Aviation workers on the frontline of the coronavirus threat at our airports are being failed.
- The Federal Government has ignored worker calls to suspend incoming flights from China to protect the public from an outbreak.
- Qantas has threatened workers concerned about servicing aircraft from China with disciplinary action and has even stood down a health and safety representative for informing workers of their rights.
- The response from airports, airlines and aviation contractors has been haphazard, with some failing to provide workers with protective equipment such as hand sanitiser.
- Ground handling company Swissport, which has previously been exposed for workers sleeping at airports due to low pay and split shifts, has refused to tell the TWU how it is supporting workers who serviced the TigerAir flight with three confirmed cases.
Advice for workers:
The Australian Government Department of Health has provided advice for the airline industry.
Workplace Health and Safety
Should you be exposed to the virus and need to self-isolate, you should be paid for your time. Contact your delegate or official if you have any issues arising from this.
Ceasing unsafe work
All workers have the right to cease unsafe work. Before ceasing unsafe work we strongly recommend speaking to your HSR, or if they’re unavailable your delegate or official.
To cease unsafe work, you must be able to give a reason for elevated concern. In terms of the coronavirus outbreak this could include but is not limited to:
- seeing a passenger or co-worker showing symptoms
- being informed of a suspected case on a flight or in your workplace
- the employer failing to provide personal protective equipment
- the employer failing to provide procedures to mitigate risk or information on what to do if you suspect someone has the virus
- awaiting medical clearance or personal protective equipment before working on a flight coming from China
- a known medical condition that puts you at higher risk, such as respiratory problems, weakened immune system or pregnancy
When ceasing work, you must make the employer aware of the issue promptly, and you must make yourself available for alternate duties.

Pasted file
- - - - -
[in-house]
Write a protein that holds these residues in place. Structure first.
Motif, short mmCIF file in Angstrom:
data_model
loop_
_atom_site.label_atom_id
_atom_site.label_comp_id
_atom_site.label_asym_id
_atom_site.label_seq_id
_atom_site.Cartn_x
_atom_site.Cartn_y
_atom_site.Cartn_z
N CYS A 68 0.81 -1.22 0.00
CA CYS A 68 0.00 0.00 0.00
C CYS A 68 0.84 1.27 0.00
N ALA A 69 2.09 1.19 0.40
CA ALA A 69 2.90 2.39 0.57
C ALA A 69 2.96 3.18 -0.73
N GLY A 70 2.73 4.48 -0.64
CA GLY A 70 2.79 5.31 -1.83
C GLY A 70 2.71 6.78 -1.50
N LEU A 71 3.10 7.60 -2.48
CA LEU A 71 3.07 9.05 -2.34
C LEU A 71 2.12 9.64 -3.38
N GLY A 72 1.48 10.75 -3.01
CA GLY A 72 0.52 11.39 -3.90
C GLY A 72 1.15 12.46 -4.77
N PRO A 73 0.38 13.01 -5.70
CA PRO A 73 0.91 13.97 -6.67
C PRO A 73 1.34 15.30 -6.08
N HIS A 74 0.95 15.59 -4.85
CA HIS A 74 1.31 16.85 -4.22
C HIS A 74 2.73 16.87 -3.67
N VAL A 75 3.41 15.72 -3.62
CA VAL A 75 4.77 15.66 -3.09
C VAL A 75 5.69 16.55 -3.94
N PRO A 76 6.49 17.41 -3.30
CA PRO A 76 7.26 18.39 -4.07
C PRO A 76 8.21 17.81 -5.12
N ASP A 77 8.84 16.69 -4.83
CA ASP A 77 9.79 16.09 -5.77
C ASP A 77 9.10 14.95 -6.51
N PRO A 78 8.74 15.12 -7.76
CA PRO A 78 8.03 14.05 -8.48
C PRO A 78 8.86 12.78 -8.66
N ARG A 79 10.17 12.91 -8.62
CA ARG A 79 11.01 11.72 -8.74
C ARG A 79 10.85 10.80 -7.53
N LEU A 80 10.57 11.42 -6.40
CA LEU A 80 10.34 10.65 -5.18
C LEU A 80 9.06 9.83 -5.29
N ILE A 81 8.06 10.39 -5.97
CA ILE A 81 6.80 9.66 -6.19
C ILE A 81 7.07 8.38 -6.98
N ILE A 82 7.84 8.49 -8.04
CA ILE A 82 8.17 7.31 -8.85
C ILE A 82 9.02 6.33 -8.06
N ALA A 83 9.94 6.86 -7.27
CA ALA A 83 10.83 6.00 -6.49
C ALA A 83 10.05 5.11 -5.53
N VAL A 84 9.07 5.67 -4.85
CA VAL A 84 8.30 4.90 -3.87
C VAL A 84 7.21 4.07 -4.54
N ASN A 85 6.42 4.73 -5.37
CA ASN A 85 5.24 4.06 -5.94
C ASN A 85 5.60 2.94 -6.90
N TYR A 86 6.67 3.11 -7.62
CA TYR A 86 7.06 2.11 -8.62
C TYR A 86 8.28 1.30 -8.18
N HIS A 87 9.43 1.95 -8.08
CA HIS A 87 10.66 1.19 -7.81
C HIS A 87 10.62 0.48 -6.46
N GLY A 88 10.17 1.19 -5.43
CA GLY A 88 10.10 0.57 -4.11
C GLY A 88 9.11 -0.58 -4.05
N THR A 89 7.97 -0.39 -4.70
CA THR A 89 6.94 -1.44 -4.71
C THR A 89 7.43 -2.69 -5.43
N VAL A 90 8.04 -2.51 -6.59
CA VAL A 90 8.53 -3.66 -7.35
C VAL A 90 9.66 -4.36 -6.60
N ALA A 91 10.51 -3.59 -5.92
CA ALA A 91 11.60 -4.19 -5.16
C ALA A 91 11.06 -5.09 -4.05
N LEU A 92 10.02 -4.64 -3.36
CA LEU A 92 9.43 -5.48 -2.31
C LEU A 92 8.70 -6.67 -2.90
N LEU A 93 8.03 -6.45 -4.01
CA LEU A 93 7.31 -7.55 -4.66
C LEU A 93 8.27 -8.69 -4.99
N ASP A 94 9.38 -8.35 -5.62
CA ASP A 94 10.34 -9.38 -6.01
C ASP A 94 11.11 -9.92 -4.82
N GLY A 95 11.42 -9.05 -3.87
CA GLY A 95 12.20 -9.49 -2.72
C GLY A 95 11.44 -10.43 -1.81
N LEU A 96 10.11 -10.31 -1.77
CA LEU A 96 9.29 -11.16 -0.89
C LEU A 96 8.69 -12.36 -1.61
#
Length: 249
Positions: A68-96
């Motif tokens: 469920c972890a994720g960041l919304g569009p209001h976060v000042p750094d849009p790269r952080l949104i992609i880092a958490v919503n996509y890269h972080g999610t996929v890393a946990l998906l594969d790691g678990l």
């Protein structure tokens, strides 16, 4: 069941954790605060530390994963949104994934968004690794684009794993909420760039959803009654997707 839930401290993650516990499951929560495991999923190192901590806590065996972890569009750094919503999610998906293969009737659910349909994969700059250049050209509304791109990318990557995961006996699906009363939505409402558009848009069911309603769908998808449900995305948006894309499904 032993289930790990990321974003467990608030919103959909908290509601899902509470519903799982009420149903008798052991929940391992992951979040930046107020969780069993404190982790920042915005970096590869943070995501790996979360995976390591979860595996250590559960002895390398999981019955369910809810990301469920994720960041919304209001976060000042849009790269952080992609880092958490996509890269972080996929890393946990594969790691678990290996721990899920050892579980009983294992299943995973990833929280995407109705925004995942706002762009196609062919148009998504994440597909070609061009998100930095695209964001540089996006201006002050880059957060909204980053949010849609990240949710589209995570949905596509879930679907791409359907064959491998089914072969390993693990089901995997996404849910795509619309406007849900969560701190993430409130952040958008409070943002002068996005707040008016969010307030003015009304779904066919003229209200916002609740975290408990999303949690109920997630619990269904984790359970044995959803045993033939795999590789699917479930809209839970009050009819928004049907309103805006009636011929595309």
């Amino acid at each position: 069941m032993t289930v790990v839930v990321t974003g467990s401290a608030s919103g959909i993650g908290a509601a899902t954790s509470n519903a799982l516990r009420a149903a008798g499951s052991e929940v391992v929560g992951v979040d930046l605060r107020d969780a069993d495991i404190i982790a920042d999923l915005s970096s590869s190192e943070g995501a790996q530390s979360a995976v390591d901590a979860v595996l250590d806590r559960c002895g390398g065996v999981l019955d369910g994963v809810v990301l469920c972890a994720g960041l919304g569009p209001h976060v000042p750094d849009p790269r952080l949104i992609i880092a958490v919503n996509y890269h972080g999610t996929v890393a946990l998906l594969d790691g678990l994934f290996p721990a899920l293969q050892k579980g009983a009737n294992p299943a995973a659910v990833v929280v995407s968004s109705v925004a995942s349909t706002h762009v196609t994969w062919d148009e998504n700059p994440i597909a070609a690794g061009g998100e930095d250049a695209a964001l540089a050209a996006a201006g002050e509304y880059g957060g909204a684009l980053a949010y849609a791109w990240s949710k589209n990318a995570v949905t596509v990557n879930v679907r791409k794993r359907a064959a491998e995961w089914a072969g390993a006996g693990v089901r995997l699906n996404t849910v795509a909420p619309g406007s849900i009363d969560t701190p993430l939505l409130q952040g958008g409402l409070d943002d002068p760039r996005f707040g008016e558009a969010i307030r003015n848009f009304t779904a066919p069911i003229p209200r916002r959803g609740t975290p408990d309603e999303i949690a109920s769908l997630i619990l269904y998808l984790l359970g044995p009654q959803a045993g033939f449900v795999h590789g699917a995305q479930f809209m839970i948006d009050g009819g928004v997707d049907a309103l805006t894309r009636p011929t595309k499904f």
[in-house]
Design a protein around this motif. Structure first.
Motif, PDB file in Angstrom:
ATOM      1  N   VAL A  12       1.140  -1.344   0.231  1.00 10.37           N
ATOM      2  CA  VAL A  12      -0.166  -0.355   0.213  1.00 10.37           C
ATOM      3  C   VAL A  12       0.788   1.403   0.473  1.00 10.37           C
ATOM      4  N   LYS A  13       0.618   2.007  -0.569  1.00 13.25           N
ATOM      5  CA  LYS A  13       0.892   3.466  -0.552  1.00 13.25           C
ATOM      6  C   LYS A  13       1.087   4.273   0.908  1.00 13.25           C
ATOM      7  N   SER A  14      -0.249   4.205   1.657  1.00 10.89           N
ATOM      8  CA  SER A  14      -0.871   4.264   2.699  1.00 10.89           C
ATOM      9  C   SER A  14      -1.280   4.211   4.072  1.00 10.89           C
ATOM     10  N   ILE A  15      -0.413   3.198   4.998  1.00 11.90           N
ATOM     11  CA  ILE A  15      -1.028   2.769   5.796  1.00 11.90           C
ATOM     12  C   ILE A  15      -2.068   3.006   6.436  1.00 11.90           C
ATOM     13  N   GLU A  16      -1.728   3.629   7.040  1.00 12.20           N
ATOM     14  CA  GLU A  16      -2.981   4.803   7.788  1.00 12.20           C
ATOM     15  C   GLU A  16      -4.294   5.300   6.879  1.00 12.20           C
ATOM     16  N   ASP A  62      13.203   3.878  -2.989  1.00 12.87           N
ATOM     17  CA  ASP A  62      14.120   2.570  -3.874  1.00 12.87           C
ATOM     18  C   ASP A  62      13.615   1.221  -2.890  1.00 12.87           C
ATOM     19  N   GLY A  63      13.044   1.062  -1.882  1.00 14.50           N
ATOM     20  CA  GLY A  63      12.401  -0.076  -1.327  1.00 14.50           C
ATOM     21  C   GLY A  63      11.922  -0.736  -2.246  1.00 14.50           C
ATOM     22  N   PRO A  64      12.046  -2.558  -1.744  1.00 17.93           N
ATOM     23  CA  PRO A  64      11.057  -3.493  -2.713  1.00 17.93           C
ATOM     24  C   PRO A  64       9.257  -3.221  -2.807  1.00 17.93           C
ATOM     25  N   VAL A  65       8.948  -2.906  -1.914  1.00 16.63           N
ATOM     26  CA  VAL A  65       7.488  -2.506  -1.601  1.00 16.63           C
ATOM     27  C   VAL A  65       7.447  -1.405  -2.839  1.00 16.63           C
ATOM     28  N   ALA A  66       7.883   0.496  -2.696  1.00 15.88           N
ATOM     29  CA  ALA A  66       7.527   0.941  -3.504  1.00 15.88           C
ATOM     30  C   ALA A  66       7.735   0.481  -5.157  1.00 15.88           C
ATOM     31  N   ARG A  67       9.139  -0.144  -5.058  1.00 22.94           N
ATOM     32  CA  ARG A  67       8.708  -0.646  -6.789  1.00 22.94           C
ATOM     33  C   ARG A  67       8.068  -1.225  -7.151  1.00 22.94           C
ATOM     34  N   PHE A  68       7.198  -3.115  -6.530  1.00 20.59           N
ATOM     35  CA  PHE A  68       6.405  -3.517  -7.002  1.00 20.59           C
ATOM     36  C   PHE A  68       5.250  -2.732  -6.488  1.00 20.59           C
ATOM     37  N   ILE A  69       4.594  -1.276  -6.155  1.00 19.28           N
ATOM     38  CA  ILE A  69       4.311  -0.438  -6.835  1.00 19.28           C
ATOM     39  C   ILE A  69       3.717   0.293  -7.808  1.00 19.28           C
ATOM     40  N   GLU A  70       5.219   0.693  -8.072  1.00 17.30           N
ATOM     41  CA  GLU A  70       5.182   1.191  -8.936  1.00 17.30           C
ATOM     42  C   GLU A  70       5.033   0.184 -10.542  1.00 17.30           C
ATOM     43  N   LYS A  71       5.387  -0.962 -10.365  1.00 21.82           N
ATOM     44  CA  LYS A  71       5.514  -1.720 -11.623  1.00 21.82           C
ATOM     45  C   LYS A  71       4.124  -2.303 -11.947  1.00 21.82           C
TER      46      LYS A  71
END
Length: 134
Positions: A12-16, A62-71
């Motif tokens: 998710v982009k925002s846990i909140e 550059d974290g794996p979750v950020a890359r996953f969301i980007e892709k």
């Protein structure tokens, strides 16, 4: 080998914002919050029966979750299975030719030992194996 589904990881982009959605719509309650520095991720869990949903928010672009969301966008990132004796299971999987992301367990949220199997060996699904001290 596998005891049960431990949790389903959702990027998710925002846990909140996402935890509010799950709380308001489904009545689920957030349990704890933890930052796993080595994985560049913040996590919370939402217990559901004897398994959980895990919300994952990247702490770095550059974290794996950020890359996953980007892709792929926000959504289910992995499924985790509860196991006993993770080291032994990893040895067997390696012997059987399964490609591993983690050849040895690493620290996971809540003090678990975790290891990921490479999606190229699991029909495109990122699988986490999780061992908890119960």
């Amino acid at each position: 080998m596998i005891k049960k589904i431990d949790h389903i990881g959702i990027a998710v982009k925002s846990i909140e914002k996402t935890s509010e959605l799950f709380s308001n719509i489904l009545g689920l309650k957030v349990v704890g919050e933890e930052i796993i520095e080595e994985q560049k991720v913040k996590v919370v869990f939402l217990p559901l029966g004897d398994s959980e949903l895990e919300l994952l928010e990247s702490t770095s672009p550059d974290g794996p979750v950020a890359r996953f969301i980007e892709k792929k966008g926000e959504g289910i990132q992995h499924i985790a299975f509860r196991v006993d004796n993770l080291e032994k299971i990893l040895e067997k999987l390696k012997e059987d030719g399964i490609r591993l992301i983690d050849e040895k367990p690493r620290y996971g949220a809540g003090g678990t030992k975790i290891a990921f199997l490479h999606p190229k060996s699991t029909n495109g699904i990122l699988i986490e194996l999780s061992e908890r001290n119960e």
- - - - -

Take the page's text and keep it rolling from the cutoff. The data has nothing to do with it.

WHS law prevents an employer from discriminating against or disciplining a worker for raising a safety concern. The TWU will always fight to protect and defend members who stand up for safety. No issue is more important than our safety on the job.
If you have further questions, contact your HSR, TWU delegate, official or member services.
The TWU has written to Prime Minister Scott Morrison, airports and airlines and is holding regular talks with major airlines and airport contractors about what they’re doing to protect workers. You can find the letters and responses at the bottom of this page.
Qantas intimidates workers, threatens jobs
In an appalling response to a global health emergency, Qantas has threatened, intimidated and stood down workers rather than supporting them or providing all the protections they need.
A worker, who was a trained health and safety representative, was stood down for giving advice to colleagues about their rights regarding the coronavirus. Prior to this, Qantas sent disciplinary letters to workers who ceased work on a flight from China threatening their jobs if they did so again.
Following these intimidation tactics, workers had to service the plane that had transported Australians from the epicentre of the virus and had not yet been cleaned. Workers were required to strip the plane of catering and linen without any protective eye gear or training on risk management.
The TWU is demanding Qantas immediately reinstates the worker, withdraws the disciplinary letters and supports its workers with equipment and advice.